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Ken went exploring on one of my workdays and finally found the markers for the Lycian Way, a 540km hiking trail that follows the coast past this village. The red and white lines were easy to miss in some places, and he didn’t find the entry marker to the trail until he was on his way back down. The full trail is estimated to take 29 days.

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We rented a car for the weekend so we could get out of our little village and explore. Though we could have taken buses, we like the idea of being able to stop where we want to stop, and to explore nooks and crannies along the smaller roads rather than just the main highways frequented by buses.

Kaş

Kaş is the next main village to the east of Kalkan. It is much larger (though with Wikipedia being blocked in Turkey, I’m not sure how much!), and the drive to it is stunning. Except in one section where the coastal road is being worked on, the entire trip is on roads that hug the coastline, zigzagging around coves and inlets.

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One of these coves is the popular Kaputas Beach. It was easy to spot as we rounded the corner since every tour bus and car seems to pull over for passengers to ogle, if not to walk the many steps down to the beach. We could see stacks of lounge chairs and what appeared to be a new bathroom building being constructed, but little swimming at this sandy spot.

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The town square, on the Kaş seashore, was quite lively on the sunny March Saturday that we visited. Kids tossed balls and rode skateboards around, while parents and tourists chatted and drank coffee and tea on the many restaurant patios. In season, paragliding and scuba diving are popular activities here. For avid wreck divers, there are at least 6 vessels submerged nearby.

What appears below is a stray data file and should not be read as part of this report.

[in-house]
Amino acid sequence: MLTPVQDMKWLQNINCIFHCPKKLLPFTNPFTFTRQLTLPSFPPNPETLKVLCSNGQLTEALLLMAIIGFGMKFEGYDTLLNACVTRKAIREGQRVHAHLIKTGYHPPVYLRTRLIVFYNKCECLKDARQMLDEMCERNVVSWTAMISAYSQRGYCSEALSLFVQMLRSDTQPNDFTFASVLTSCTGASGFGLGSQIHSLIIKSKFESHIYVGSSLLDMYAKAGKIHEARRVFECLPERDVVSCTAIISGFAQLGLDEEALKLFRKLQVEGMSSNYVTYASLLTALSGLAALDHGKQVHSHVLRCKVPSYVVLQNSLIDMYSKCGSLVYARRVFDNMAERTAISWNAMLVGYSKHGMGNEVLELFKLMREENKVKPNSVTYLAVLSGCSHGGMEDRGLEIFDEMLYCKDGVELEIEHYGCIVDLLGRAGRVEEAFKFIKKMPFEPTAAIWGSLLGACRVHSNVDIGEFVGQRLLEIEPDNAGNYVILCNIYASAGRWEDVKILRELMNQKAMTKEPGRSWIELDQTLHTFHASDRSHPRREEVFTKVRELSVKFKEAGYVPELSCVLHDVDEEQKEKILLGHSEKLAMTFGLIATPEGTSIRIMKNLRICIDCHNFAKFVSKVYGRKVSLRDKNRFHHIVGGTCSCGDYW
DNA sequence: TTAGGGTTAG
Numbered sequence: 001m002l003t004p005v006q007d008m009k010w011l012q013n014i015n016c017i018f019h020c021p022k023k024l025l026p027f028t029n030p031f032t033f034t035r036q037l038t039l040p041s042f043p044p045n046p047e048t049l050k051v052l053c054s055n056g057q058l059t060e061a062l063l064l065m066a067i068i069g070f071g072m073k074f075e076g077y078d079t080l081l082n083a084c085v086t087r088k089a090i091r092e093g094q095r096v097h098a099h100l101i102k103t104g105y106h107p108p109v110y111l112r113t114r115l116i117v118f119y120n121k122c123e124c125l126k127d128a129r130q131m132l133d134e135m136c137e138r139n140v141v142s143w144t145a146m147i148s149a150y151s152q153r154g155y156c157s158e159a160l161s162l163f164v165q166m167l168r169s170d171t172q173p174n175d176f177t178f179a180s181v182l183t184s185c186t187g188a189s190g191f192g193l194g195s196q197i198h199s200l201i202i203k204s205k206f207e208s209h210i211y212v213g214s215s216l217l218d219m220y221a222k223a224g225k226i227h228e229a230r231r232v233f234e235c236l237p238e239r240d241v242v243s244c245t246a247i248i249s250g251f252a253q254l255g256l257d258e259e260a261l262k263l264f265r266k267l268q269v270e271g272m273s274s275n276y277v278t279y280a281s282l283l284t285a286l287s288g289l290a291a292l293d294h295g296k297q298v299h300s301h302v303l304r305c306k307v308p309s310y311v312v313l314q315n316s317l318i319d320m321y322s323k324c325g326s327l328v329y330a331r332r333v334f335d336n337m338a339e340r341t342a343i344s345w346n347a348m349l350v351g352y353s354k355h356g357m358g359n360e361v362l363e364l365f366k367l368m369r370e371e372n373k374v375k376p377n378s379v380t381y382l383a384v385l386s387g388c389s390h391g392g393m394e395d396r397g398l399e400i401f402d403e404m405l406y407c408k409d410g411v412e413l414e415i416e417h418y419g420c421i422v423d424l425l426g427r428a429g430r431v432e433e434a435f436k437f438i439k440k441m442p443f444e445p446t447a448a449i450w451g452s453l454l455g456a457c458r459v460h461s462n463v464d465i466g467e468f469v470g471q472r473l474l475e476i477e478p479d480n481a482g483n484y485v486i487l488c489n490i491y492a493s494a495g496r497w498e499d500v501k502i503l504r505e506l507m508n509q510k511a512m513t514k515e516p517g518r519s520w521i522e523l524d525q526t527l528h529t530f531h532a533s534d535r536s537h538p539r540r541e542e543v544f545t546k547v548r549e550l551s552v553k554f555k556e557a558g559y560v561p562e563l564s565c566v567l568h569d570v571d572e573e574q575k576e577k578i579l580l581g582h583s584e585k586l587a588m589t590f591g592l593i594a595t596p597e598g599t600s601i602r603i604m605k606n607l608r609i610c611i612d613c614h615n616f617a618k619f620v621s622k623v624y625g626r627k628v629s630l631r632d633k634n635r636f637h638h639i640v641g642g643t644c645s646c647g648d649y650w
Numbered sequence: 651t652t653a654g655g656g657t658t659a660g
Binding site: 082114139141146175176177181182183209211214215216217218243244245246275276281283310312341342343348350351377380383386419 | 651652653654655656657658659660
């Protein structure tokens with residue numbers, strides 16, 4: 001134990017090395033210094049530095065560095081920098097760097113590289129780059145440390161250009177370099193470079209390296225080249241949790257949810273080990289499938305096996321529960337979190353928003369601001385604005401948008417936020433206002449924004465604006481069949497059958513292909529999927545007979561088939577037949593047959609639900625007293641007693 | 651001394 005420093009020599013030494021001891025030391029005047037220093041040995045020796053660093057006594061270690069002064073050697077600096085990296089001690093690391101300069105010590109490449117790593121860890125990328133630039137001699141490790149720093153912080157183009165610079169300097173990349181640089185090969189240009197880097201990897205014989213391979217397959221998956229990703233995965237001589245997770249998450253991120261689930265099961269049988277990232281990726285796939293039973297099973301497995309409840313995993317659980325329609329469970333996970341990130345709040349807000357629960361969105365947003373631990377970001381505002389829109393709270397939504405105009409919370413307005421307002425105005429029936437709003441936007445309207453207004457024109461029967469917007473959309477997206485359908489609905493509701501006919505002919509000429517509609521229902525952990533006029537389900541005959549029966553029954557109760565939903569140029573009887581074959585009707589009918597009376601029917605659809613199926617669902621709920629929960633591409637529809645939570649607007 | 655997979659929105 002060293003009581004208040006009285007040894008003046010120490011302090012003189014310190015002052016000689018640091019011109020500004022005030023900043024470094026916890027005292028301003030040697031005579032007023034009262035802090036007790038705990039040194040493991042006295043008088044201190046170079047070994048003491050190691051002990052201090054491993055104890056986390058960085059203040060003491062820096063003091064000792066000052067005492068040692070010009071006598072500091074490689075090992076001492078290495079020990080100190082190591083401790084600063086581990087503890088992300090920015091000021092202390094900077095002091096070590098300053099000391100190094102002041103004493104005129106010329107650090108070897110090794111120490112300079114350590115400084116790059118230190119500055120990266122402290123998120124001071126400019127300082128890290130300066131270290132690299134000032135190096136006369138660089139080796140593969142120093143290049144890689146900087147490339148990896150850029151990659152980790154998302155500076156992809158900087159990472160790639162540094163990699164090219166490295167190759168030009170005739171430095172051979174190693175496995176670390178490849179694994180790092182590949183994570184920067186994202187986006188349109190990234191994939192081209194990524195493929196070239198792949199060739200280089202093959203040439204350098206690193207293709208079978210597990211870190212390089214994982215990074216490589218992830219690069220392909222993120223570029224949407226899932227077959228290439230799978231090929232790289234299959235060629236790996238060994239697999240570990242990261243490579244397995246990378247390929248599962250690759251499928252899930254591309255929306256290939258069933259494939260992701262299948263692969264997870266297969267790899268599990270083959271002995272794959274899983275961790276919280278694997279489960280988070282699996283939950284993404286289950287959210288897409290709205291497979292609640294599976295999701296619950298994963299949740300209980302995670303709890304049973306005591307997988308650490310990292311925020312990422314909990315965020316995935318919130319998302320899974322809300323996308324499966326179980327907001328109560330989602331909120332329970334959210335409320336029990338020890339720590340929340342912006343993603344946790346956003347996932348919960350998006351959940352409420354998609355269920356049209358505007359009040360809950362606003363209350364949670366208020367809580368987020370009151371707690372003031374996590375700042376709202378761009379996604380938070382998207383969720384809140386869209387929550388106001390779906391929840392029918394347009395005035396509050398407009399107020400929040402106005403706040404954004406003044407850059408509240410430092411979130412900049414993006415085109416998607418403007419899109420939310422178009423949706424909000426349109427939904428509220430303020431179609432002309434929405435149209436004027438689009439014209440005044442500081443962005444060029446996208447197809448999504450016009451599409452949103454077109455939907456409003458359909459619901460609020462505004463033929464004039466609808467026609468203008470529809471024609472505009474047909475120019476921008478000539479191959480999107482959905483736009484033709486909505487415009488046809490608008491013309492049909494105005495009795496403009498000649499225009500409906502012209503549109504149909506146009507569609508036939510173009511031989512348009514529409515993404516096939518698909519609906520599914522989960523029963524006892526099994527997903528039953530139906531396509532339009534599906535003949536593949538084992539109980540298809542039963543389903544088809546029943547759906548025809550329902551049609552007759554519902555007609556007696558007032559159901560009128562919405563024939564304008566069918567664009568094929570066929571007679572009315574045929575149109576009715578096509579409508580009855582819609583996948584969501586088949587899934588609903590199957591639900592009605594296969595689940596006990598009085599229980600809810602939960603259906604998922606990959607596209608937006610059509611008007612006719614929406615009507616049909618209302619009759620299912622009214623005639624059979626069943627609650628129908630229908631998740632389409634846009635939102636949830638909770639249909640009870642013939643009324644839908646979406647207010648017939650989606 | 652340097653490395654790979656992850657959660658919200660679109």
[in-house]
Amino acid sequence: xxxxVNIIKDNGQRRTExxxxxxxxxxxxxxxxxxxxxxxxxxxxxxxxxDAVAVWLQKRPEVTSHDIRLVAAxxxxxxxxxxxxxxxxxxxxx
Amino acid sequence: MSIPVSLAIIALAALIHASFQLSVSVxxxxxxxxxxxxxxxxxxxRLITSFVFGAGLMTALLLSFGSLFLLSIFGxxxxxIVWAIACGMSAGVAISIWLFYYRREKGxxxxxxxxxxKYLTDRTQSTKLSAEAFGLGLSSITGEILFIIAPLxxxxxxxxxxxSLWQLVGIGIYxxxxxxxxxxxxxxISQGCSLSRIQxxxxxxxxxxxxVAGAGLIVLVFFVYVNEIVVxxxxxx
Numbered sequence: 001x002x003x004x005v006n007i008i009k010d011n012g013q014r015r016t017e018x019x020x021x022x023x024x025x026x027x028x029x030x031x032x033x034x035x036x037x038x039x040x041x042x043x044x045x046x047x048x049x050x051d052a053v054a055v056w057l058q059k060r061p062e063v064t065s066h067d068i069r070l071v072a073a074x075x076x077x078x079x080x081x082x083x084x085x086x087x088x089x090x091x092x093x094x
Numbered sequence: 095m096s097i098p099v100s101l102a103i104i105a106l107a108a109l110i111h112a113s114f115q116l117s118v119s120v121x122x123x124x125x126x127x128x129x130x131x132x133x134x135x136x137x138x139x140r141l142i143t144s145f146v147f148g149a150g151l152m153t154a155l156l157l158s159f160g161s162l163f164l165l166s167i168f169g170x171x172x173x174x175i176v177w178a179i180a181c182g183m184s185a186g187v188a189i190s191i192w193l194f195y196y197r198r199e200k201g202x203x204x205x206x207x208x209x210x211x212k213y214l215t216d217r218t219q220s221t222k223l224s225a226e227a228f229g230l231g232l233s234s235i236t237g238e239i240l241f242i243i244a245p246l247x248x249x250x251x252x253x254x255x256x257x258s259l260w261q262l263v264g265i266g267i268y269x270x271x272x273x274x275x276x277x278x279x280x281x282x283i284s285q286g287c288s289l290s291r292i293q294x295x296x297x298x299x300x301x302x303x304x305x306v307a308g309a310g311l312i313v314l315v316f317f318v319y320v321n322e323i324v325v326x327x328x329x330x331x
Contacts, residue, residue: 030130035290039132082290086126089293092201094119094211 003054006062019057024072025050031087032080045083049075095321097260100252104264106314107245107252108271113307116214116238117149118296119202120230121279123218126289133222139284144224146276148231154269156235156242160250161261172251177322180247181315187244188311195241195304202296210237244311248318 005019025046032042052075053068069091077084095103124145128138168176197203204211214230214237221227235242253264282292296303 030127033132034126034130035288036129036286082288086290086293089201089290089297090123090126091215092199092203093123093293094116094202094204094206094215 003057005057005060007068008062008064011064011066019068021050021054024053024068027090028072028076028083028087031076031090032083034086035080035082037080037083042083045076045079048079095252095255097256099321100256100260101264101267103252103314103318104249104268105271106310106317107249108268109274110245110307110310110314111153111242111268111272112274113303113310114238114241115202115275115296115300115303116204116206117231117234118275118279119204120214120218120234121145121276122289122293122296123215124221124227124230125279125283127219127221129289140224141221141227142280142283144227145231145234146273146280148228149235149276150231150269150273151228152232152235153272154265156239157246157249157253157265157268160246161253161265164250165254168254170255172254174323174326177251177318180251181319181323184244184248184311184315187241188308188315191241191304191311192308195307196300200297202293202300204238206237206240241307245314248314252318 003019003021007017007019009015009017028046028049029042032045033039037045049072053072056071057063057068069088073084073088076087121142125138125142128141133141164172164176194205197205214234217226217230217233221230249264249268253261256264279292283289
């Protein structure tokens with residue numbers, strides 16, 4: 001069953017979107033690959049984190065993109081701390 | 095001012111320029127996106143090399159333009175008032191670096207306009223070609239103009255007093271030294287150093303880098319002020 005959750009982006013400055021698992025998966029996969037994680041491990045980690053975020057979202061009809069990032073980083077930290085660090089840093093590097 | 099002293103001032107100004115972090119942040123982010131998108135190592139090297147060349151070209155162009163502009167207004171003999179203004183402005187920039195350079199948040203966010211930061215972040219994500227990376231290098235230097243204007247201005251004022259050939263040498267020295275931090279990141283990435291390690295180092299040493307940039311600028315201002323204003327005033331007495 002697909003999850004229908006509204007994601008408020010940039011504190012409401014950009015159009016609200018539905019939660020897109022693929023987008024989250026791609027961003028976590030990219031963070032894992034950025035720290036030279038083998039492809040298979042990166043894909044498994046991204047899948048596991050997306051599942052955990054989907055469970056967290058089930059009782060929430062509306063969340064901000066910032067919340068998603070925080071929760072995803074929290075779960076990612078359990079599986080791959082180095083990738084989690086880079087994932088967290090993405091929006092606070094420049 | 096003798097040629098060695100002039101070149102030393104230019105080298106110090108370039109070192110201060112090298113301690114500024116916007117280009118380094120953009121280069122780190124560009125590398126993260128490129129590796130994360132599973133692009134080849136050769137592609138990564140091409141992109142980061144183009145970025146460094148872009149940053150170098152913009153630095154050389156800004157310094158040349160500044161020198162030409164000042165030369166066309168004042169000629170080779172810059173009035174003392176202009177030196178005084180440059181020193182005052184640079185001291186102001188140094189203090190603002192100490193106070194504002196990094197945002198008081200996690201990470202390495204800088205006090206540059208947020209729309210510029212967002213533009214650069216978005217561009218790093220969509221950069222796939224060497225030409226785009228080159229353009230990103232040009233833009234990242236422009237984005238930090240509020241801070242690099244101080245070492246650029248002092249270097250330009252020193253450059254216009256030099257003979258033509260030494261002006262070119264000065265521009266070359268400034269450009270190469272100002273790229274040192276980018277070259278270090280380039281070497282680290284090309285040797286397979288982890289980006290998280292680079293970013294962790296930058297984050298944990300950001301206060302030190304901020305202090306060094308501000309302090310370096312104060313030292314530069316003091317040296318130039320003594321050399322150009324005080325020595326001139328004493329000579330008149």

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A few minutes from the square is the Antiphellos amphitheatre, which offers great views of the city, mountains, and sea.

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In the hills just above the village is a great example of a Lycian tomb, with its traditional carved facia still reasonably intact.

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Kaş sits at the base of a hilly peninsula that stretches into the Mediterranean Sea. A single road allowed us to drive out the length of the peninsula and loop around the last hill, which offered another gorgeous view of the sea and surrounding islands.

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Xanthos and Patara Beach

On the second and last rental car day, we headed west from Kalkan with plans to visit the ruins of Xanthos and then on to what promised to be a beautiful sandy beach.